Mobility credits

There have been calls from the BVRLA, the association that represents the leasing and rental industry, to include ‘mobility’ credits in future scrappage schemes, which could be used on car hire and car clubs, as well as public transport. This would reduce car ownership and lead to reduced emissions and congestion.
Commenting on this concept, Dan Hawkes said: “The introduction of ‘mobility’ credits is a tremendously exciting opportunity for businesses. Delivered in the right way, it could boost more sustainable journeys across all areas of mobility. Not only would mobility credits remove older and more polluting vehicles from the roads, but they would promote urban vehicle mobility as a whole through the increase of space in urban areas.
“At Europcar Mobility Group UK, we see real value in supporting initiatives that address the reduction of emissions and promote positive change in behaviours.
“However, in order for a mobility credit scheme to reach its full potential, it’s important that it is implemented through a consolidated MaaS platform. This would tackle the challenge of usership vs ownership when it comes to driving and provide users with the option of a car when they need it, therefore reducing unnecessary car ownership.”
If some businesses are ready for a more flexible approach to meeting their mobility needs and do not just want to replace their vehicle with another, then the opportunity to use the scrappage scheme to fund other initiatives should be welcomed, believes Rob Mills. He says: “Businesses can look to use the grant to best effect whether that’s to support the development of their charging infrastructure or to switch their drivers into car clubs or promote the use of public transport. Perhaps any scheme could look to have a sliding scale that values for instance the use of public transport higher than acquiring another new vehicle.”
Mark Gallagher meanwhile believes that it is still early days for a scheme like this, as the infrastructure and technology to support it is in its infancy. He said: “Its valid that there should be incentives, such as mobility credits. But for drivers to come out of polluting cars in cities, you need the car clubs and infrastructure to make this work – and even in the cities, its still early days. When it comes to mobility credits for things, like car hire, we also have to be realistic about the value of the credits and how much car hire time you could utilise.
“It’s the classic ‘product lifecycle’. There will be some early adopters for this type of scheme, but the whole area needs to become more mature and robust to appeal to a mass market.”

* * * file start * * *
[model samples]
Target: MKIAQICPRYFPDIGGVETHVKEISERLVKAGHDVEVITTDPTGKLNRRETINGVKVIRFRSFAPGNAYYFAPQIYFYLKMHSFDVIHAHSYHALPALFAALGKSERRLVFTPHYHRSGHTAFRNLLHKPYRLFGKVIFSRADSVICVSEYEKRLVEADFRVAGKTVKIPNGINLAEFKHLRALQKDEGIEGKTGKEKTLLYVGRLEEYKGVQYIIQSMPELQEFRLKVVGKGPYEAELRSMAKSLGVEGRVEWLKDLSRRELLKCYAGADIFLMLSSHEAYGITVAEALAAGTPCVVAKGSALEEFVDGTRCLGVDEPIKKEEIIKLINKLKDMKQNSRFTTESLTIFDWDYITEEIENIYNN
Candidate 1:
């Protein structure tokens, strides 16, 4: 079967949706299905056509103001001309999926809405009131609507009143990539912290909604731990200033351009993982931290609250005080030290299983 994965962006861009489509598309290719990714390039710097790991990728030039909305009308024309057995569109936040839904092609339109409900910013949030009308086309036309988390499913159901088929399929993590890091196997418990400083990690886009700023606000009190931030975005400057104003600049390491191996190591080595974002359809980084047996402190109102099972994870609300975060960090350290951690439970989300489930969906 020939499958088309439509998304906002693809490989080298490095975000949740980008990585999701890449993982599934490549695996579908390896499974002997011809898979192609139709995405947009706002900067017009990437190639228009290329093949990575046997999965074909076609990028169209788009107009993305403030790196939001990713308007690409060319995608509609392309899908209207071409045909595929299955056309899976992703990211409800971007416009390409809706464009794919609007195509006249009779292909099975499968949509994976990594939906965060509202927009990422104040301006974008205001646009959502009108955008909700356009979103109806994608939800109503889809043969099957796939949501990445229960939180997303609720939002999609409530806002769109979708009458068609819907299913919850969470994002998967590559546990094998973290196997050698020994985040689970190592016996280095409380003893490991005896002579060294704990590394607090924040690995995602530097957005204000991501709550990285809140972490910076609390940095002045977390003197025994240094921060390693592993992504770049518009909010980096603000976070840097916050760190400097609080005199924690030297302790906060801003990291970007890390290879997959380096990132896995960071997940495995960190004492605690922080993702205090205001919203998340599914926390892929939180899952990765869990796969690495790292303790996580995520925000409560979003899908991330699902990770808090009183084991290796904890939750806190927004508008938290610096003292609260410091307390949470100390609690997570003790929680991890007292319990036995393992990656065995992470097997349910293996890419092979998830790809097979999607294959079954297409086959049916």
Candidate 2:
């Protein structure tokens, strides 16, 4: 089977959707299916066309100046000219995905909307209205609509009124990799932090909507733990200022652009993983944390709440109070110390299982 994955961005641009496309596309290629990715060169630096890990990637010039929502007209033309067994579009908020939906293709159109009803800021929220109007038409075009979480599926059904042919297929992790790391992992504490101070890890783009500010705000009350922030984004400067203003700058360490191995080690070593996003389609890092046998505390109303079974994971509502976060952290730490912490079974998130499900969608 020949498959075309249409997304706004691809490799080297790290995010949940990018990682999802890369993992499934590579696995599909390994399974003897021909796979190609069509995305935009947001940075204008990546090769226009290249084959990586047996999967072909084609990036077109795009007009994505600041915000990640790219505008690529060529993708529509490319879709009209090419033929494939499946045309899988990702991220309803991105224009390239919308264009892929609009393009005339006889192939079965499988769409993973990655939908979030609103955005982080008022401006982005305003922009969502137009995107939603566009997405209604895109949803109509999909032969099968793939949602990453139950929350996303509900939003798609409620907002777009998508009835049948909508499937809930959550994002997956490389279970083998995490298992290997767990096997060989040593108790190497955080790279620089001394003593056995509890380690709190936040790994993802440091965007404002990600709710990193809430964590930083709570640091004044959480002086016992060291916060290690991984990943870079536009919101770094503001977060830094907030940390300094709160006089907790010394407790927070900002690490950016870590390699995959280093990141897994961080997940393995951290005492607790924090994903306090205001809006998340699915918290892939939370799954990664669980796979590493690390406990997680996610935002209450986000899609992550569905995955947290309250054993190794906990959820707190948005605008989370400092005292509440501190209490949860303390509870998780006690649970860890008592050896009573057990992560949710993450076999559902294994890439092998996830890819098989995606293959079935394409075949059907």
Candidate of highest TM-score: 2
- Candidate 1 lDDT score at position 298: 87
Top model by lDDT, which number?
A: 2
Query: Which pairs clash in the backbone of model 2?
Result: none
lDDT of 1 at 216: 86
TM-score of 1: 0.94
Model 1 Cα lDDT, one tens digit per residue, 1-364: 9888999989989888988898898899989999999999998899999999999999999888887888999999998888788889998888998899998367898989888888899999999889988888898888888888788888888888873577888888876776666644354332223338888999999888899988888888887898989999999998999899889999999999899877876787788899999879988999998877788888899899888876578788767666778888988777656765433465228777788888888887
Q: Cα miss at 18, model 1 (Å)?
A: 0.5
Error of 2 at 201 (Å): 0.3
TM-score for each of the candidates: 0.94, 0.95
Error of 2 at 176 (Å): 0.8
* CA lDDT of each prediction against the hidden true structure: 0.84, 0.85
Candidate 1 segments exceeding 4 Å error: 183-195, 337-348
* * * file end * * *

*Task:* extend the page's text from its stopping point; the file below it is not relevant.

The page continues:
The future of travel

The government’s recent ‘future of mobility: urban strategy’ examines transport innovation in cities and towns. Jesse Norman, Minister of State for Transport says in the foreword that “radical new technologies are emerging that within a generation will transform everyday journeys.”
The strategy says that new types of travel and new business models, enabled by data and connectivity, automation and electrification, are starting to transform how people and goods move. If the transition is well managed, it could help tackle urban challenges such as congestion and air pollution. It can also widen access to mobility for disabled people and older people.
“We find ourselves on the cusp of a mobility revolution, where advances in technology are bringing together numerous forms of transport, enabling better journey optimisation than ever before,” comments Dan Hawkes. “Consumer trends are also moving away from ownership to usership, influenced not only by developments in technology but also by other external pressures such as limitations on parking spaces, insurance premium increases and more of a conscience around our impact on the environment.
“Technology is certainly conducive to the progression of mobility in urban areas and already plays a large role in how we think, live and travel. Our focus is to capitalise on new technologies to give organisations an integrated mobility solution that can offer the best customer experience across a multitude of travel options, with an underlying commitment to increased sustainability.”
Pointing out that the technical elements have to be joined up before mobility as a concept can fully take off, Mark Gallagher says:  “Technology will only ‘fully’ revolutionise the way we travel once it’s joined up. This is what MaaS is all about - the separate elements are all working well.
“The converged model whereby you can enter two destinations and the App will work out the modes of transport and provide one ‘ticket’ for taxis, buses, trains etc is still in its infancy, but won’t be long before its part of our everyday lives.”
Rob Mills echoes this thought: “Technological developments that can seamlessly connect and book multiple modes of transport including public transport will drive a more seismic change to how we approach our lives. Our cars are un-utilised for over 80 per cent of the time so the opportunity to only pay for mobility when needed will become an ever increasing popular option.”